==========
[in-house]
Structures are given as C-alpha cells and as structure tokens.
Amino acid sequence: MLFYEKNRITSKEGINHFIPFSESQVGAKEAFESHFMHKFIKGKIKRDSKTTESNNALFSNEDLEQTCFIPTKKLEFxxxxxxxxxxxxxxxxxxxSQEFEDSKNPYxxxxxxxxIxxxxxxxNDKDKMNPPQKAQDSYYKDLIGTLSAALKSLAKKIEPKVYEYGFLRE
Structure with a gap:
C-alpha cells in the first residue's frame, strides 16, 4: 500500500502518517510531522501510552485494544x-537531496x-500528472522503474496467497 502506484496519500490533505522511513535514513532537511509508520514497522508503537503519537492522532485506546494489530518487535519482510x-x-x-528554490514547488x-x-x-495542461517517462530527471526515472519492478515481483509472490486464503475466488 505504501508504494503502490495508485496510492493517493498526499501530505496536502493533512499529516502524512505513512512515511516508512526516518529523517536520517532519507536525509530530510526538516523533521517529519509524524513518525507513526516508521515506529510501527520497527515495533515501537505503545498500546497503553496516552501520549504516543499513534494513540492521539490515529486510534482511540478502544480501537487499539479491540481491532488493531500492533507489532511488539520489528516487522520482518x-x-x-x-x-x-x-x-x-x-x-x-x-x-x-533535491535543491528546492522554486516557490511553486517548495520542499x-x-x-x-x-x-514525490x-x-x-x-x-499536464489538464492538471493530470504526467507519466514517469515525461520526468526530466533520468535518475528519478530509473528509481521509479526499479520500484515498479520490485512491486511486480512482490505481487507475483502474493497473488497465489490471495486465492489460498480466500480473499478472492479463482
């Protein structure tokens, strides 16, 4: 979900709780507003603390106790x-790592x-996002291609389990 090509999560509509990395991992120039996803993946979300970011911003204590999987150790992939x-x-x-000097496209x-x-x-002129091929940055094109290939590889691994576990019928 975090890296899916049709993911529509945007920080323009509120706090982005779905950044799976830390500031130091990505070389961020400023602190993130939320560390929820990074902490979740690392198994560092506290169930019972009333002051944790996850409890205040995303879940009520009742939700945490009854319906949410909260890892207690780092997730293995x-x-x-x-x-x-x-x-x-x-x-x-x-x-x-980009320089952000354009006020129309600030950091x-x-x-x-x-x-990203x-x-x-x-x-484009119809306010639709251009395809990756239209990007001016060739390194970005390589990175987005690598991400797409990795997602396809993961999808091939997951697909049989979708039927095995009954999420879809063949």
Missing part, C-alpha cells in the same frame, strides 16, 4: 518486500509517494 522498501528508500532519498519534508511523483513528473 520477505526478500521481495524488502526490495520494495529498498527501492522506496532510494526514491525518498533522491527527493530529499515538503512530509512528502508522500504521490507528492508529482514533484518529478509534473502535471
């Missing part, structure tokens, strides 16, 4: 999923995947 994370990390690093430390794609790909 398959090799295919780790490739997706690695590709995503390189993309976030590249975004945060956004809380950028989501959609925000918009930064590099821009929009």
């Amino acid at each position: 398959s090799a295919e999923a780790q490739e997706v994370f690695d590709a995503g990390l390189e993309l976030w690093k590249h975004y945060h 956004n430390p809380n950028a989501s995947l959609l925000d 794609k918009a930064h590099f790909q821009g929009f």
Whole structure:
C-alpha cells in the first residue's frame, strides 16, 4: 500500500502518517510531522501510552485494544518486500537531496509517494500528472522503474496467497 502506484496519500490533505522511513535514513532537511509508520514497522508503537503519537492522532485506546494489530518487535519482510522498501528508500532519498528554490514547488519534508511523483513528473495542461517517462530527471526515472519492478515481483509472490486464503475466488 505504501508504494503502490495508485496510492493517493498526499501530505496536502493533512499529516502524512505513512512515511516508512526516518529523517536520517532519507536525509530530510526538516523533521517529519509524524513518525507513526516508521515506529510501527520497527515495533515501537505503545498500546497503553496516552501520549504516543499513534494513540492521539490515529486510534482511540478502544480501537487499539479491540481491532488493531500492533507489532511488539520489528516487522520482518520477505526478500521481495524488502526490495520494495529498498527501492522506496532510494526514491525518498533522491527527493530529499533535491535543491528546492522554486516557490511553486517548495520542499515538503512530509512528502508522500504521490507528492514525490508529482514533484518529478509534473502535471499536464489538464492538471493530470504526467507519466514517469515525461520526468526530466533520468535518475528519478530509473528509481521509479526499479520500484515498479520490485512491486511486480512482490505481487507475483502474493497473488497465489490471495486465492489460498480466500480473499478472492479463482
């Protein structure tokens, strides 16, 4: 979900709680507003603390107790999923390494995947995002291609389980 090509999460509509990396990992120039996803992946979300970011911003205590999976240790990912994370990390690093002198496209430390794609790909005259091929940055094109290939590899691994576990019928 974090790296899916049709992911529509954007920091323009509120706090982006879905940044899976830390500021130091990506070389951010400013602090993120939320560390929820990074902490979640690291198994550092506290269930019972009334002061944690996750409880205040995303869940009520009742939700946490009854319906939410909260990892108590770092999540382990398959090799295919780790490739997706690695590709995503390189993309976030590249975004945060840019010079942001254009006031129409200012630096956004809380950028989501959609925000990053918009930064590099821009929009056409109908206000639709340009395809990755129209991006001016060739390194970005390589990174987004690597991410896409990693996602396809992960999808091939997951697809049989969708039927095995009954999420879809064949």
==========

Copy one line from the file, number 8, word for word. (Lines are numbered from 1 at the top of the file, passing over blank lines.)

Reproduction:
């Missing part, structure tokens, strides 16, 4: 999923995947 994370990390690093430390794609790909 398959090799295919780790490739997706690695590709995503390189993309976030590249975004945060956004809380950028989501959609925000918009930064590099821009929009």